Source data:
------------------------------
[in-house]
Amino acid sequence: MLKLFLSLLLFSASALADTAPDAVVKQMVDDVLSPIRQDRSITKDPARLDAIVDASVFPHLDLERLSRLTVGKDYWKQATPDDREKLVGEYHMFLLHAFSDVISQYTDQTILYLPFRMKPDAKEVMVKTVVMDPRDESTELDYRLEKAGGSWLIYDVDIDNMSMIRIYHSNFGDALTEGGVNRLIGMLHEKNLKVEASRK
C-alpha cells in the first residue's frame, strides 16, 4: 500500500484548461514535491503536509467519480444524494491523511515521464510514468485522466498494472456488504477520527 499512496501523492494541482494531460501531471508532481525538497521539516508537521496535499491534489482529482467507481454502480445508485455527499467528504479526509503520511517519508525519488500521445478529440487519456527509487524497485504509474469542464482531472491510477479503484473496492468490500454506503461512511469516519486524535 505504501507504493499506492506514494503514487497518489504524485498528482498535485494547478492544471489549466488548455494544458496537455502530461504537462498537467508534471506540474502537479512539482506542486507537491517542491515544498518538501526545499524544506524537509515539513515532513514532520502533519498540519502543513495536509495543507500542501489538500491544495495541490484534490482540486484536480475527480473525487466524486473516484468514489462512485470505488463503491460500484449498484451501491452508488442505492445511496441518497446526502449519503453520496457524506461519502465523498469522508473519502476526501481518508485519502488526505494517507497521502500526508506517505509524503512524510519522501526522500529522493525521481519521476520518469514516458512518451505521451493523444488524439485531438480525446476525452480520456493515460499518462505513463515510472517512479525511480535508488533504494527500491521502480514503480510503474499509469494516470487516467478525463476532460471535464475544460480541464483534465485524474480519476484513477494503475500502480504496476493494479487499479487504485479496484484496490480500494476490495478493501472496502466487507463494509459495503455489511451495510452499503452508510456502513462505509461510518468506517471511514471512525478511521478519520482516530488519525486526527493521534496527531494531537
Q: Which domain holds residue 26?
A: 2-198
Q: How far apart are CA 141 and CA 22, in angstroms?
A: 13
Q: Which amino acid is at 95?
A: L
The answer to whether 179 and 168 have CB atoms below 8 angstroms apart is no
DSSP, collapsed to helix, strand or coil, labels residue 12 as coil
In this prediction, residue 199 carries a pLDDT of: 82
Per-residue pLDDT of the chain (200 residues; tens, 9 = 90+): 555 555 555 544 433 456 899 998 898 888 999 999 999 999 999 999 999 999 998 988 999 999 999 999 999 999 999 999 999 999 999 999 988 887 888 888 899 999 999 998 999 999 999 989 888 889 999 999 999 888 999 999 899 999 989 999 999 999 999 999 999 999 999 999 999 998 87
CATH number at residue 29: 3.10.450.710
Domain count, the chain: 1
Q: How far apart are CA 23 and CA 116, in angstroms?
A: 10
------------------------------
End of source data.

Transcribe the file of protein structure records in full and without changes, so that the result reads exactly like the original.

[in-house]
Amino acid sequence: MLKLFLSLLLFSASALADTAPDAVVKQMVDDVLSPIRQDRSITKDPARLDAIVDASVFPHLDLERLSRLTVGKDYWKQATPDDREKLVGEYHMFLLHAFSDVISQYTDQTILYLPFRMKPDAKEVMVKTVVMDPRDESTELDYRLEKAGGSWLIYDVDIDNMSMIRIYHSNFGDALTEGGVNRLIGMLHEKNLKVEASRK
C-alpha cells in the first residue's frame, strides 16, 4: 500500500484548461514535491503536509467519480444524494491523511515521464510514468485522466498494472456488504477520527 499512496501523492494541482494531460501531471508532481525538497521539516508537521496535499491534489482529482467507481454502480445508485455527499467528504479526509503520511517519508525519488500521445478529440487519456527509487524497485504509474469542464482531472491510477479503484473496492468490500454506503461512511469516519486524535 505504501507504493499506492506514494503514487497518489504524485498528482498535485494547478492544471489549466488548455494544458496537455502530461504537462498537467508534471506540474502537479512539482506542486507537491517542491515544498518538501526545499524544506524537509515539513515532513514532520502533519498540519502543513495536509495543507500542501489538500491544495495541490484534490482540486484536480475527480473525487466524486473516484468514489462512485470505488463503491460500484449498484451501491452508488442505492445511496441518497446526502449519503453520496457524506461519502465523498469522508473519502476526501481518508485519502488526505494517507497521502500526508506517505509524503512524510519522501526522500529522493525521481519521476520518469514516458512518451505521451493523444488524439485531438480525446476525452480520456493515460499518462505513463515510472517512479525511480535508488533504494527500491521502480514503480510503474499509469494516470487516467478525463476532460471535464475544460480541464483534465485524474480519476484513477494503475500502480504496476493494479487499479487504485479496484484496490480500494476490495478493501472496502466487507463494509459495503455489511451495510452499503452508510456502513462505509461510518468506517471511514471512525478511521478519520482516530488519525486526527493521534496527531494531537
Q: Which domain holds residue 26?
A: 2-198
Q: How far apart are CA 141 and CA 22, in angstroms?
A: 13
Q: Which amino acid is at 95?
A: L
The answer to whether 179 and 168 have CB atoms below 8 angstroms apart is no
DSSP, collapsed to helix, strand or coil, labels residue 12 as coil
In this prediction, residue 199 carries a pLDDT of: 82
Per-residue pLDDT of the chain (200 residues; tens, 9 = 90+): 555 555 555 544 433 456 899 998 898 888 999 999 999 999 999 999 999 999 998 988 999 999 999 999 999 999 999 999 999 999 999 999 988 887 888 888 899 999 999 998 999 999 999 989 888 889 999 999 999 888 999 999 899 999 989 999 999 999 999 999 999 999 999 999 999 998 87
CATH number at residue 29: 3.10.450.710
Domain count, the chain: 1
Q: How far apart are CA 23 and CA 116, in angstroms?
A: 10